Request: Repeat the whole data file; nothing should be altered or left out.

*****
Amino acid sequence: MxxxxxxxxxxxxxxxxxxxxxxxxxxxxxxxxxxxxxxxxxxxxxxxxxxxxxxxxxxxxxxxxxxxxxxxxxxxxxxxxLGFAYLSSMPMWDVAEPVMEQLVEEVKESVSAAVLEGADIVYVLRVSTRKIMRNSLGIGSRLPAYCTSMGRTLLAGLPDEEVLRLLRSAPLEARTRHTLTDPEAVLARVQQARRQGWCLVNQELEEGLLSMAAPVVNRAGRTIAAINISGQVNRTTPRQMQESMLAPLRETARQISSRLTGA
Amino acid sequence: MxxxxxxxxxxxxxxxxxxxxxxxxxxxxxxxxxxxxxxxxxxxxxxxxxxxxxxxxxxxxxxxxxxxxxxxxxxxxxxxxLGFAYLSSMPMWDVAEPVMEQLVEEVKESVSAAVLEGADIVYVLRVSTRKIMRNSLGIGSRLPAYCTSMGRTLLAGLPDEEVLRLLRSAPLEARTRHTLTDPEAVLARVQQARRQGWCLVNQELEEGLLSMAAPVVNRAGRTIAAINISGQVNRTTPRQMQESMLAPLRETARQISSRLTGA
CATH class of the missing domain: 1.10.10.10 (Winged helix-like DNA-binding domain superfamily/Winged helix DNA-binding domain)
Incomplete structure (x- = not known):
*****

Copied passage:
Amino acid sequence: MxxxxxxxxxxxxxxxxxxxxxxxxxxxxxxxxxxxxxxxxxxxxxxxxxxxxxxxxxxxxxxxxxxxxxxxxxxxxxxxxLGFAYLSSMPMWDVAEPVMEQLVEEVKESVSAAVLEGADIVYVLRVSTRKIMRNSLGIGSRLPAYCTSMGRTLLAGLPDEEVLRLLRSAPLEARTRHTLTDPEAVLARVQQARRQGWCLVNQELEEGLLSMAAPVVNRAGRTIAAINISGQVNRTTPRQMQESMLAPLRETARQISSRLTGA
Amino acid sequence: MxxxxxxxxxxxxxxxxxxxxxxxxxxxxxxxxxxxxxxxxxxxxxxxxxxxxxxxxxxxxxxxxxxxxxxxxxxxxxxxxLGFAYLSSMPMWDVAEPVMEQLVEEVKESVSAAVLEGADIVYVLRVSTRKIMRNSLGIGSRLPAYCTSMGRTLLAGLPDEEVLRLLRSAPLEARTRHTLTDPEAVLARVQQARRQGWCLVNQELEEGLLSMAAPVVNRAGRTIAAINISGQVNRTTPRQMQESMLAPLRETARQISSRLTGA
CATH class of the missing domain: 1.10.10.10 (Winged helix-like DNA-binding domain superfamily/Winged helix DNA-binding domain)
Incomplete structure (x- = not known):